Gábor Arion KUDÁSZ, Memorabilia
Artist: Gábor Arion KUDÁSZ
Title: Memorabilia 
Text: Gabriella Uhl (English and Hungarian)
Designer: Nora Demeczky
Editor: Gábor Arion KUDÁSZ
Publisher: Published in collaboration of Hungarian House of Photography and Faur Zsófi Gallery in 300 copies
Publication date and place: 2014, Budapest
Format, binding: 20x28cm Soft cover Stiffcover book, sewn naked binding, four-color lithography
Number of pages and images: 184 pages, 150 black and white photographs
Edition: 300
Type of printing and paper: offset
Genre: Photobook

Book description (eng): 
MEMORABILIA 2010-2014 / Painter Emese Kudász died on 22 November, 2010. In the years that followed, her son Gábor Arion Kudász catalogued her entire estate, so as to establish a guide to the workings of memory. The artistic research disrupted the order she had created, something that surrounded her and was distinctively her own. Through the cracks of this disrupted order, hidden aspects of her personality emerged, together with a previously unrealised coherence among her objects; it is no longer possible to tell whether these had existed before or were only the result of the intervention. The structure of the estate itself encouraged the creation of collections as it comprises very individual, occasionally downright extravagant, corpuses forming the backbone of this exhibition and the accompanying book: hundreds of four-leaved clovers pressed between newspaper, wardrobe items kept by seasons and colours, bookshelves, printing blocks of an aged catalogue and endless personal objects, messages from the grave.

The title Memorabilia has an atmosphere more befitting the environment of a classic collection that is evoked by the idea of the inventory book. Its closest kin is the museum inventory, which follows traditional rules in describing, cataloguing and classifying objects. The collection whose inventorying is carried out here has all the resemblance of a curiosity cabinet (wunderkammer or kunstkammer), a form of collection that emerged during the Renaissance and was popular from the 16th to the 18th century. It was common, particularly for aristocratic and big bourgeois families, to dedicate a room or cabinet to things worthy of collection. Representing all and any fields of science, art and life, these assemblages were as likely to feature minerals and miniatures as clever contraptions and book rarities. These curiosity cabinets were home to scientific concepts about the world, the experience of the past, and inferences that could be drawn from objects. Such a collection had personal motivations and faithfully represented the worldview of its owner, as was evident in the act of classification. It was an instrument of inventorying, of interpretation, though not yet in its encyclopaedic form, but in a playful variety.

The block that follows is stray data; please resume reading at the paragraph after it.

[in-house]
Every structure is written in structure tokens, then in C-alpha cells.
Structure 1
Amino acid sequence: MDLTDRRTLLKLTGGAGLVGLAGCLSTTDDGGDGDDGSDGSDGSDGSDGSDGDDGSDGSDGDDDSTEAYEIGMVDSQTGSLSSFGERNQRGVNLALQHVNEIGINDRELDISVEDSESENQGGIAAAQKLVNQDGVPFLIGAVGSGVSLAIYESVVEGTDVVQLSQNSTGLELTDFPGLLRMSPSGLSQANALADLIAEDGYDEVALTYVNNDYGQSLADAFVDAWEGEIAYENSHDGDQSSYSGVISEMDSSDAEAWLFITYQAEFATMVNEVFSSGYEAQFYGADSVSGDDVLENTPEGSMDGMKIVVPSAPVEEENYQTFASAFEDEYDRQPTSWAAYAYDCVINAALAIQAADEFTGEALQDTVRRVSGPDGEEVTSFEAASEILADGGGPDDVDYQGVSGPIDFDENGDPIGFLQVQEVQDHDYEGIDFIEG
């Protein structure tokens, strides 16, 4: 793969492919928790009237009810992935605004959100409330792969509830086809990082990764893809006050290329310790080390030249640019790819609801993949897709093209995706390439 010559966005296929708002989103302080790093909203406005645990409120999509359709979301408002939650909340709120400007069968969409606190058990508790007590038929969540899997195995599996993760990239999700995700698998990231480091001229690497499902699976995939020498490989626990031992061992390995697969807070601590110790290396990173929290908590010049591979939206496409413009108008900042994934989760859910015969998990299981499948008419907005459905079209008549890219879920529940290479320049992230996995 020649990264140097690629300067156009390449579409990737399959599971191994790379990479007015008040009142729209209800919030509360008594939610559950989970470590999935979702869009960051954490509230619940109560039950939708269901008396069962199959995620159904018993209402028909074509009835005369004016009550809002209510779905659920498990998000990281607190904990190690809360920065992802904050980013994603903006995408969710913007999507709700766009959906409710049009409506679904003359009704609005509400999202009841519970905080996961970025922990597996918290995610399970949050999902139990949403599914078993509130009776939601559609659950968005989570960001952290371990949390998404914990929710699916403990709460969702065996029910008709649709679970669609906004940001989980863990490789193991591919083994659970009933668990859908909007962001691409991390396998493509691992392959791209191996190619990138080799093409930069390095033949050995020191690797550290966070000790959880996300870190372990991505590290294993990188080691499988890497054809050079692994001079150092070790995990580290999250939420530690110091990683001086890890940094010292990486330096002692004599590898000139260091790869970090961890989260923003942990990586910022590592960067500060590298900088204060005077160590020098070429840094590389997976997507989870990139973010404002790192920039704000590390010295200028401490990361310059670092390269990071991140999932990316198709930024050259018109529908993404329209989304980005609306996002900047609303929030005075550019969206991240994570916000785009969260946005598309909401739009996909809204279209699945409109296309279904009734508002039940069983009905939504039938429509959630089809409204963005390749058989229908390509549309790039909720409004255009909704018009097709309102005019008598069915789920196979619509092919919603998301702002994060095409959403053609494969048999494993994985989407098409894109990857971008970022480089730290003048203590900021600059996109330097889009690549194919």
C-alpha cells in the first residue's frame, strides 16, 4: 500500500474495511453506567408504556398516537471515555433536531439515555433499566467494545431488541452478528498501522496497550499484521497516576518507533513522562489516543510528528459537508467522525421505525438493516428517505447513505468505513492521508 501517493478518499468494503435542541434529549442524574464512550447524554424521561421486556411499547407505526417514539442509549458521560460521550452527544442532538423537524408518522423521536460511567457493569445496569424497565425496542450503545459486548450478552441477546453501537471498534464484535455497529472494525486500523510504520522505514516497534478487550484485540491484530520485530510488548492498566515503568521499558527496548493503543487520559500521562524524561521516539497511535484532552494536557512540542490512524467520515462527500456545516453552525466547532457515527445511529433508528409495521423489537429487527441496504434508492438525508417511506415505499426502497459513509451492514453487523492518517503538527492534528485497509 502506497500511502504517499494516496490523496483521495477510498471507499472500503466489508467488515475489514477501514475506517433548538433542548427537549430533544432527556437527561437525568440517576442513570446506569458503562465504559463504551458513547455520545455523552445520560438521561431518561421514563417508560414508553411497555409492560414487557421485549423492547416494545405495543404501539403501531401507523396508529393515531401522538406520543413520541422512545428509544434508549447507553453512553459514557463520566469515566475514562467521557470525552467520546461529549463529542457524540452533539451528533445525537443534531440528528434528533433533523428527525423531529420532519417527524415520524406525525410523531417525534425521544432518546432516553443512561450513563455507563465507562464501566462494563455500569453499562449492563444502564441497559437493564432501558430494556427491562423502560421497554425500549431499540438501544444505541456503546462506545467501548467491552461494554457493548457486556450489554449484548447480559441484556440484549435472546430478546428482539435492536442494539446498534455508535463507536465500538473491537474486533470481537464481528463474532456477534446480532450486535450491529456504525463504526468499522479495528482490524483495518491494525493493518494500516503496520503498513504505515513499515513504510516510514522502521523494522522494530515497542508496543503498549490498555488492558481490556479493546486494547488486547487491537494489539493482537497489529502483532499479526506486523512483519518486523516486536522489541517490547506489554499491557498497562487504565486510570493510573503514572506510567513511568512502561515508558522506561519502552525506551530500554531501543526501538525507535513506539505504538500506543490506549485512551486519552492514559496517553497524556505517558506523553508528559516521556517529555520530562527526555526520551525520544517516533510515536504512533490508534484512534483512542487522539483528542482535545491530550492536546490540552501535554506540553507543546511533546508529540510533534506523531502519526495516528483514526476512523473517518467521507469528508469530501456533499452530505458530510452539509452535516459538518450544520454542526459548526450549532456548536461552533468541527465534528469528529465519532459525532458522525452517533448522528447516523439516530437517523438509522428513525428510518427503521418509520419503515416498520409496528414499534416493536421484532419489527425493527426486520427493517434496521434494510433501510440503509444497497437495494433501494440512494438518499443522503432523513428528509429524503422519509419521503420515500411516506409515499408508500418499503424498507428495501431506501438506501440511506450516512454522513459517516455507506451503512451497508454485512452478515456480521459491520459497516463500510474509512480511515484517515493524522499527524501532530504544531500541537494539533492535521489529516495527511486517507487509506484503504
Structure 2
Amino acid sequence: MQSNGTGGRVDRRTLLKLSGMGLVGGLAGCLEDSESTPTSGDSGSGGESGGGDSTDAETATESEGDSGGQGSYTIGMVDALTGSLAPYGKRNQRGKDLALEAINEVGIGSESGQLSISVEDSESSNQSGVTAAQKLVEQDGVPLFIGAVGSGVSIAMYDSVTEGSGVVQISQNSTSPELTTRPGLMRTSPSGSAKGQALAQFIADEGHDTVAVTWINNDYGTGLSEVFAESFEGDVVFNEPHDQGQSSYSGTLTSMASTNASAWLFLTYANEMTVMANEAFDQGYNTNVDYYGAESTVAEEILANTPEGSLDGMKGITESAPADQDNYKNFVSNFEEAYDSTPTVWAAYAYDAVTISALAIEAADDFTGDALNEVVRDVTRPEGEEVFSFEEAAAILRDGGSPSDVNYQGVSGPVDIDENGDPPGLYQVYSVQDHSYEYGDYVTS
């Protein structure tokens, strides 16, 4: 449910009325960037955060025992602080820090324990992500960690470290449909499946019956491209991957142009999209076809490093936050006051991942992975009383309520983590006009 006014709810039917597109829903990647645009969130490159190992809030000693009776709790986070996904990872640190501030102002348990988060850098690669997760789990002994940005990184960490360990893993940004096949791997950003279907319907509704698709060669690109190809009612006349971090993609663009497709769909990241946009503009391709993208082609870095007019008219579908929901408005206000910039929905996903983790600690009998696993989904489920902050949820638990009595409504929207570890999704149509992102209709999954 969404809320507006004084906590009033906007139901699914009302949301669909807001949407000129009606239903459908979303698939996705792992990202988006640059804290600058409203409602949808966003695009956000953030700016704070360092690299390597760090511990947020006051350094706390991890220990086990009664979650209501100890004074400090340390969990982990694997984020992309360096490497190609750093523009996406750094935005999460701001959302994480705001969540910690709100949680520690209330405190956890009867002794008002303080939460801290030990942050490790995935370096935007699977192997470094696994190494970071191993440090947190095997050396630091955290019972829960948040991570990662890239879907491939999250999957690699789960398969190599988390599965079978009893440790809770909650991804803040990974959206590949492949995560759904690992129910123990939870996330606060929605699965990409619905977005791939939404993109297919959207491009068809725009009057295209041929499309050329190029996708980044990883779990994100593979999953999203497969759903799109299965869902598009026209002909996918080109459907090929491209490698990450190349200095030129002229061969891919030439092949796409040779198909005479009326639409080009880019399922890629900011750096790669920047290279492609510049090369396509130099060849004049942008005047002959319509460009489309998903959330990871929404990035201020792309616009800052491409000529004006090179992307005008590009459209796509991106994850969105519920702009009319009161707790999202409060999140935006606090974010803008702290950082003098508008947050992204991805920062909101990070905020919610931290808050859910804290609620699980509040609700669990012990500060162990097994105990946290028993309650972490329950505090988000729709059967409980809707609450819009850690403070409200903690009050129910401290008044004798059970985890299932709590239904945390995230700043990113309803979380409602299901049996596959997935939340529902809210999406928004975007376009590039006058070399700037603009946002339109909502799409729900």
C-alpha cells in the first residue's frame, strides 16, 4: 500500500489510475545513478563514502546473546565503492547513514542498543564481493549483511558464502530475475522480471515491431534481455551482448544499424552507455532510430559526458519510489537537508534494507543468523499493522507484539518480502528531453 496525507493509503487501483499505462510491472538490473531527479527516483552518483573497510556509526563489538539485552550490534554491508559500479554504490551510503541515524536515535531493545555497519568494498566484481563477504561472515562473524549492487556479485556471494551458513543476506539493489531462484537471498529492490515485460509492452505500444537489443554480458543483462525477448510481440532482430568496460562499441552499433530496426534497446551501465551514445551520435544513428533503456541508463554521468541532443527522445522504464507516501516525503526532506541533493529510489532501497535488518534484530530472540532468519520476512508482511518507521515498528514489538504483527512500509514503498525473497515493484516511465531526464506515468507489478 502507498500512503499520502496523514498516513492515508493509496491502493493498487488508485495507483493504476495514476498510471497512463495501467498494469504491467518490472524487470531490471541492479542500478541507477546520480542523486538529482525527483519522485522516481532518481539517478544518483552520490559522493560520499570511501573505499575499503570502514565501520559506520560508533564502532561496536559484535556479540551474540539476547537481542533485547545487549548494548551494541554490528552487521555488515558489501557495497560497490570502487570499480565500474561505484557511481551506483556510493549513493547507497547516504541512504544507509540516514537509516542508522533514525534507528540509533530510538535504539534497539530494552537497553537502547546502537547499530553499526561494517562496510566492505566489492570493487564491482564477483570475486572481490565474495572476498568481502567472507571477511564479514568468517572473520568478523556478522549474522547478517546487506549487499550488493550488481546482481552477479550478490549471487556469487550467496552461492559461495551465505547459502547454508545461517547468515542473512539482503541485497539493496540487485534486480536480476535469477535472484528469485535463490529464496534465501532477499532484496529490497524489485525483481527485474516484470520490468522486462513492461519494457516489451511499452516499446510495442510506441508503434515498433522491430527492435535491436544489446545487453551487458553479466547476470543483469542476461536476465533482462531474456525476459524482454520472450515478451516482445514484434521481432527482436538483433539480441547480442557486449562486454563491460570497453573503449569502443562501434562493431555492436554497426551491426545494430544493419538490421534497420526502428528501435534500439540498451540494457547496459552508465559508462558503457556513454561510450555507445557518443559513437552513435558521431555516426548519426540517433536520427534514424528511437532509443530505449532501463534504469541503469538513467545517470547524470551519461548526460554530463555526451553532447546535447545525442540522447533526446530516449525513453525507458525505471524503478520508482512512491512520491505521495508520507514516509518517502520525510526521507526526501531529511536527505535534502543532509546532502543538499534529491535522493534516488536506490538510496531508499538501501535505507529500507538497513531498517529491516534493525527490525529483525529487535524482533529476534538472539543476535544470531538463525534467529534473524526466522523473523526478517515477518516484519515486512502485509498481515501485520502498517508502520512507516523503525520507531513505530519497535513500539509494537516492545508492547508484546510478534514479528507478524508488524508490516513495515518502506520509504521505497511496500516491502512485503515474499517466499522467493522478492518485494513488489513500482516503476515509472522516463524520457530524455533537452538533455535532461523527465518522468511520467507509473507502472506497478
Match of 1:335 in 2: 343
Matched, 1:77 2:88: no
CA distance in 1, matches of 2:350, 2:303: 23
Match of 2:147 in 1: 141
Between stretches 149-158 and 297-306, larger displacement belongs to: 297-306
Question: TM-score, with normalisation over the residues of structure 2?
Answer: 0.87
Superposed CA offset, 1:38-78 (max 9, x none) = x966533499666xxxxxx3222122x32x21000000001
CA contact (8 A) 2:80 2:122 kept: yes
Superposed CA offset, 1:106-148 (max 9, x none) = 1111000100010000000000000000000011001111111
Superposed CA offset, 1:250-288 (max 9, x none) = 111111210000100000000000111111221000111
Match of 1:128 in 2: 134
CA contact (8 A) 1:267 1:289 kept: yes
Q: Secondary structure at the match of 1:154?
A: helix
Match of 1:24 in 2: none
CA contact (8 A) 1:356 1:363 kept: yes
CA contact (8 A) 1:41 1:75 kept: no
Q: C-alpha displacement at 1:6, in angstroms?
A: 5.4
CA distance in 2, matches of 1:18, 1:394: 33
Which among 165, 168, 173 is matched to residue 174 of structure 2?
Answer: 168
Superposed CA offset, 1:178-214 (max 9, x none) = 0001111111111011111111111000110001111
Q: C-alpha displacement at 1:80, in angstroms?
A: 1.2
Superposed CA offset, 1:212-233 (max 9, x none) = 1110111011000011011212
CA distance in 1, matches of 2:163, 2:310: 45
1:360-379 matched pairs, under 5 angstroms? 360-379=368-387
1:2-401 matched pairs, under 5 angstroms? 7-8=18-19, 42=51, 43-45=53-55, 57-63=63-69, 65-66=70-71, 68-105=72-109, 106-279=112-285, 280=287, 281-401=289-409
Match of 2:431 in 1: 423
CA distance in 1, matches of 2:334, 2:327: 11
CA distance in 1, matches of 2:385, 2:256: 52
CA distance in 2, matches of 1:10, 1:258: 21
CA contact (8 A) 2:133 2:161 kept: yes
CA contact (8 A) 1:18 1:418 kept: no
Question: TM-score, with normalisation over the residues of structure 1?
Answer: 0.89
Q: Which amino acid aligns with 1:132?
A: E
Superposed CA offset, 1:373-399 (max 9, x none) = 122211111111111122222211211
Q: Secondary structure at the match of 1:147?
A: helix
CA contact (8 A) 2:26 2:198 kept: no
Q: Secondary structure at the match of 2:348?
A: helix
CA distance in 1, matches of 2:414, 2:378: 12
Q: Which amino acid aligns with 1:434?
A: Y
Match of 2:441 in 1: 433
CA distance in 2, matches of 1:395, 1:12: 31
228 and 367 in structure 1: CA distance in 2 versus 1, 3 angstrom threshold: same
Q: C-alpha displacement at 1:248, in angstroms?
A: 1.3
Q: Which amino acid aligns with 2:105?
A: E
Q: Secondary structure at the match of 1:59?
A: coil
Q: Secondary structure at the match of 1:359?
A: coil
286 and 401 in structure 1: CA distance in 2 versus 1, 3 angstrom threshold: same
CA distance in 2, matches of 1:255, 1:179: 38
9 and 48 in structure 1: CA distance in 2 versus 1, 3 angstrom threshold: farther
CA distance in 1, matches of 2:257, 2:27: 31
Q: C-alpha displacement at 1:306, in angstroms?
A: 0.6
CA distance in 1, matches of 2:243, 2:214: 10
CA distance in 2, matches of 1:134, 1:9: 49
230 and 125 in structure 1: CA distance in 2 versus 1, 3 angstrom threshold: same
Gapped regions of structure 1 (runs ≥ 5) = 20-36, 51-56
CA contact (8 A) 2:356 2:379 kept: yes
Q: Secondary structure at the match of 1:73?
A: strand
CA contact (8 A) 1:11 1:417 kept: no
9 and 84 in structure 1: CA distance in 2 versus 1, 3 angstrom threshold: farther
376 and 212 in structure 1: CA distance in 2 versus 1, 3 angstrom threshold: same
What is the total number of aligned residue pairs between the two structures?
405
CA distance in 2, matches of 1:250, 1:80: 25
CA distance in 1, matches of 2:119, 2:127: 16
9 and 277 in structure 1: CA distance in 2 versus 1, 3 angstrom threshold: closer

The order of things according to Memorabilia

a) Personal effects, mostly personal items that bear the warmth of the significant person’s hand, keep her scent, their surface was worn by her gaze. On their own, these objects are often without value and interest; they are not even individual, do not directly refer to their owner — yet an assemblage of mementoes of this kind makes the taste, habits, lifestyle and spirit of the subject of remembrance recognizable.

b) Things considered suitable to be tokens of remembrance, and marked as such. Both the rememberer and the subject of remembrance have agreed to elevate them above similar objects.

c) Real memorabilia, objects for remembrance, mementoes. Articles produced in multiple copies with the express function of serving as triggers of memory, which can be identified with the subject of memory only through an image or name.


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